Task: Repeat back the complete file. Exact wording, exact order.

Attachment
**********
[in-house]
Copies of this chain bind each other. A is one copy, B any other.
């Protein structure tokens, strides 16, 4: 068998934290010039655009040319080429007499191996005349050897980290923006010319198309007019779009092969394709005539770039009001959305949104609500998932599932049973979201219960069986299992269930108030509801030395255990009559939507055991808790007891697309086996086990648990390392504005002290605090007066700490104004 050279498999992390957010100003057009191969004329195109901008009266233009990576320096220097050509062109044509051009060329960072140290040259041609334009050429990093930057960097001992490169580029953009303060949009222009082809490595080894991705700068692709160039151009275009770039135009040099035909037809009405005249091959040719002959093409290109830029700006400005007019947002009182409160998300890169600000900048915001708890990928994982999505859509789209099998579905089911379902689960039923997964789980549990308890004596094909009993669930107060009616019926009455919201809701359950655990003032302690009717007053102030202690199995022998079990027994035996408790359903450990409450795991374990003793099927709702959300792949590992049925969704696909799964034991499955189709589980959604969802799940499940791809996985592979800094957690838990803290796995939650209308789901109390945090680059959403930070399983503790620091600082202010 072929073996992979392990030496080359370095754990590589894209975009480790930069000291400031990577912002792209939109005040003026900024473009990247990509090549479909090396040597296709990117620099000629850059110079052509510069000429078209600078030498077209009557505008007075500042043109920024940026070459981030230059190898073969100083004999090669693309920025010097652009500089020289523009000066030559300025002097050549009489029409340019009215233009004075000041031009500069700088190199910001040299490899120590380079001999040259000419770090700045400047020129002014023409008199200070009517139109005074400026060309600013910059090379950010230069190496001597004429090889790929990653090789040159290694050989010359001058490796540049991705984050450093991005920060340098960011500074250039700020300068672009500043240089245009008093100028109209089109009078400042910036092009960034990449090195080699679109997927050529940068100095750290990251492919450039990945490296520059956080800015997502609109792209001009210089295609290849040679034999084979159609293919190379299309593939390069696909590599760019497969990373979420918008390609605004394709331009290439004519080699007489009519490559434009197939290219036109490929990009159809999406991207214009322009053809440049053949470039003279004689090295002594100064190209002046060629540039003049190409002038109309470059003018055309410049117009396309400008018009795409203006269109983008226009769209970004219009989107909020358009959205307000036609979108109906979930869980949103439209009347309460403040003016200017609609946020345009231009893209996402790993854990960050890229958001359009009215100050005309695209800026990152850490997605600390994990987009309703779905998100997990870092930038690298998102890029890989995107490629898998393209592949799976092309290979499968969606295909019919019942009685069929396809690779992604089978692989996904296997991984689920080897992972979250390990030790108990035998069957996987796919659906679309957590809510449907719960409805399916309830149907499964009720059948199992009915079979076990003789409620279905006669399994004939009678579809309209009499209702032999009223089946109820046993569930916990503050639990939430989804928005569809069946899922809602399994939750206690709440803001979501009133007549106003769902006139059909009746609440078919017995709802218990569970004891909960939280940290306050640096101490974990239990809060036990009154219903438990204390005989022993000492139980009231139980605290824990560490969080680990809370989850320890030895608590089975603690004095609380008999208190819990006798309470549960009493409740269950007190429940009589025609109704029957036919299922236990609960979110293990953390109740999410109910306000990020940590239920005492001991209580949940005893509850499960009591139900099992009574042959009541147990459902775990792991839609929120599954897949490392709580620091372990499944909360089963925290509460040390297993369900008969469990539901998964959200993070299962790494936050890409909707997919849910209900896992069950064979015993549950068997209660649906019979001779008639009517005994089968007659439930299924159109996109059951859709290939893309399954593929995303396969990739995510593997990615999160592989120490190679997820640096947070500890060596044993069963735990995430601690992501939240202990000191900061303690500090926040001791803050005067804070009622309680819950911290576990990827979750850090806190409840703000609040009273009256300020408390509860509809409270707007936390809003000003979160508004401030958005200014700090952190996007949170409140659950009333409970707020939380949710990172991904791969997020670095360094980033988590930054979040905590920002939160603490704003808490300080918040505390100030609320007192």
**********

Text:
[in-house]
Copies of this chain bind each other. A is one copy, B any other.
């Protein structure tokens, strides 16, 4: 068998934290010039655009040319080429007499191996005349050897980290923006010319198309007019779009092969394709005539770039009001959305949104609500998932599932049973979201219960069986299992269930108030509801030395255990009559939507055991808790007891697309086996086990648990390392504005002290605090007066700490104004 050279498999992390957010100003057009191969004329195109901008009266233009990576320096220097050509062109044509051009060329960072140290040259041609334009050429990093930057960097001992490169580029953009303060949009222009082809490595080894991705700068692709160039151009275009770039135009040099035909037809009405005249091959040719002959093409290109830029700006400005007019947002009182409160998300890169600000900048915001708890990928994982999505859509789209099998579905089911379902689960039923997964789980549990308890004596094909009993669930107060009616019926009455919201809701359950655990003032302690009717007053102030202690199995022998079990027994035996408790359903450990409450795991374990003793099927709702959300792949590992049925969704696909799964034991499955189709589980959604969802799940499940791809996985592979800094957690838990803290796995939650209308789901109390945090680059959403930070399983503790620091600082202010 072929073996992979392990030496080359370095754990590589894209975009480790930069000291400031990577912002792209939109005040003026900024473009990247990509090549479909090396040597296709990117620099000629850059110079052509510069000429078209600078030498077209009557505008007075500042043109920024940026070459981030230059190898073969100083004999090669693309920025010097652009500089020289523009000066030559300025002097050549009489029409340019009215233009004075000041031009500069700088190199910001040299490899120590380079001999040259000419770090700045400047020129002014023409008199200070009517139109005074400026060309600013910059090379950010230069190496001597004429090889790929990653090789040159290694050989010359001058490796540049991705984050450093991005920060340098960011500074250039700020300068672009500043240089245009008093100028109209089109009078400042910036092009960034990449090195080699679109997927050529940068100095750290990251492919450039990945490296520059956080800015997502609109792209001009210089295609290849040679034999084979159609293919190379299309593939390069696909590599760019497969990373979420918008390609605004394709331009290439004519080699007489009519490559434009197939290219036109490929990009159809999406991207214009322009053809440049053949470039003279004689090295002594100064190209002046060629540039003049190409002038109309470059003018055309410049117009396309400008018009795409203006269109983008226009769209970004219009989107909020358009959205307000036609979108109906979930869980949103439209009347309460403040003016200017609609946020345009231009893209996402790993854990960050890229958001359009009215100050005309695209800026990152850490997605600390994990987009309703779905998100997990870092930038690298998102890029890989995107490629898998393209592949799976092309290979499968969606295909019919019942009685069929396809690779992604089978692989996904296997991984689920080897992972979250390990030790108990035998069957996987796919659906679309957590809510449907719960409805399916309830149907499964009720059948199992009915079979076990003789409620279905006669399994004939009678579809309209009499209702032999009223089946109820046993569930916990503050639990939430989804928005569809069946899922809602399994939750206690709440803001979501009133007549106003769902006139059909009746609440078919017995709802218990569970004891909960939280940290306050640096101490974990239990809060036990009154219903438990204390005989022993000492139980009231139980605290824990560490969080680990809370989850320890030895608590089975603690004095609380008999208190819990006798309470549960009493409740269950007190429940009589025609109704029957036919299922236990609960979110293990953390109740999410109910306000990020940590239920005492001991209580949940005893509850499960009591139900099992009574042959009541147990459902775990792991839609929120599954897949490392709580620091372990499944909360089963925290509460040390297993369900008969469990539901998964959200993070299962790494936050890409909707997919849910209900896992069950064979015993549950068997209660649906019979001779008639009517005994089968007659439930299924159109996109059951859709290939893309399954593929995303396969990739995510593997990615999160592989120490190679997820640096947070500890060596044993069963735990995430601690992501939240202990000191900061303690500090926040001791803050005067804070009622309680819950911290576990990827979750850090806190409840703000609040009273009256300020408390509860509809409270707007936390809003000003979160508004401030958005200014700090952190996007949170409140659950009333409970707020939380949710990172991904791969997020670095360094980033988590930054979040905590920002939160603490704003808490300080918040505390100030609320007192």